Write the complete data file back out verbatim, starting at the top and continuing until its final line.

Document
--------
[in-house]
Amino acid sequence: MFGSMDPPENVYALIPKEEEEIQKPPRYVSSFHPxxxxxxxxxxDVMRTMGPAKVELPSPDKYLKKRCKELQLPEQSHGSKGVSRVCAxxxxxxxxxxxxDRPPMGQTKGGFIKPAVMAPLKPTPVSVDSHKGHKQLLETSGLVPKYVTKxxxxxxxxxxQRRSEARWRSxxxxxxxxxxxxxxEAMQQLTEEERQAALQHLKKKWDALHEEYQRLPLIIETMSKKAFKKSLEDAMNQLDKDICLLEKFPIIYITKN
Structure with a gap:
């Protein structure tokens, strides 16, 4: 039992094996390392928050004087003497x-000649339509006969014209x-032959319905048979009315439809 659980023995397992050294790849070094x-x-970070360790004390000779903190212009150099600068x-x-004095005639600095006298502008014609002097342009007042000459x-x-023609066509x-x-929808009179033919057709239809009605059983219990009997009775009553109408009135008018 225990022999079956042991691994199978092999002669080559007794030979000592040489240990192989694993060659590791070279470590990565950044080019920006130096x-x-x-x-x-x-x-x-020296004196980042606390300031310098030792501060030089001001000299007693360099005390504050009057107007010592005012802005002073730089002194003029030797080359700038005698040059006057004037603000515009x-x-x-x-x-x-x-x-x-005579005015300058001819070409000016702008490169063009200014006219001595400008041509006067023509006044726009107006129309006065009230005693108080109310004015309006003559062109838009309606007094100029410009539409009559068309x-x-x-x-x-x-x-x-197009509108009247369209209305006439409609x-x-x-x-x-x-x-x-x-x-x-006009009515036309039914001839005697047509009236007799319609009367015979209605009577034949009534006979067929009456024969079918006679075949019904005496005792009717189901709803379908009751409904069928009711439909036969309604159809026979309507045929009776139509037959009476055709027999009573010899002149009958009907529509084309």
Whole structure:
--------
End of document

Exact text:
[in-house]
Amino acid sequence: MFGSMDPPENVYALIPKEEEEIQKPPRYVSSFHPxxxxxxxxxxDVMRTMGPAKVELPSPDKYLKKRCKELQLPEQSHGSKGVSRVCAxxxxxxxxxxxxDRPPMGQTKGGFIKPAVMAPLKPTPVSVDSHKGHKQLLETSGLVPKYVTKxxxxxxxxxxQRRSEARWRSxxxxxxxxxxxxxxEAMQQLTEEERQAALQHLKKKWDALHEEYQRLPLIIETMSKKAFKKSLEDAMNQLDKDICLLEKFPIIYITKN
Structure with a gap:
């Protein structure tokens, strides 16, 4: 039992094996390392928050004087003497x-000649339509006969014209x-032959319905048979009315439809 659980023995397992050294790849070094x-x-970070360790004390000779903190212009150099600068x-x-004095005639600095006298502008014609002097342009007042000459x-x-023609066509x-x-929808009179033919057709239809009605059983219990009997009775009553109408009135008018 225990022999079956042991691994199978092999002669080559007794030979000592040489240990192989694993060659590791070279470590990565950044080019920006130096x-x-x-x-x-x-x-x-020296004196980042606390300031310098030792501060030089001001000299007693360099005390504050009057107007010592005012802005002073730089002194003029030797080359700038005698040059006057004037603000515009x-x-x-x-x-x-x-x-x-005579005015300058001819070409000016702008490169063009200014006219001595400008041509006067023509006044726009107006129309006065009230005693108080109310004015309006003559062109838009309606007094100029410009539409009559068309x-x-x-x-x-x-x-x-197009509108009247369209209305006439409609x-x-x-x-x-x-x-x-x-x-x-006009009515036309039914001839005697047509009236007799319609009367015979209605009577034949009534006979067929009456024969079918006679075949019904005496005792009717189901709803379908009751409904069928009711439909036969309604159809026979309507045929009776139509037959009476055709027999009573010899002149009958009907529509084309």
Whole structure: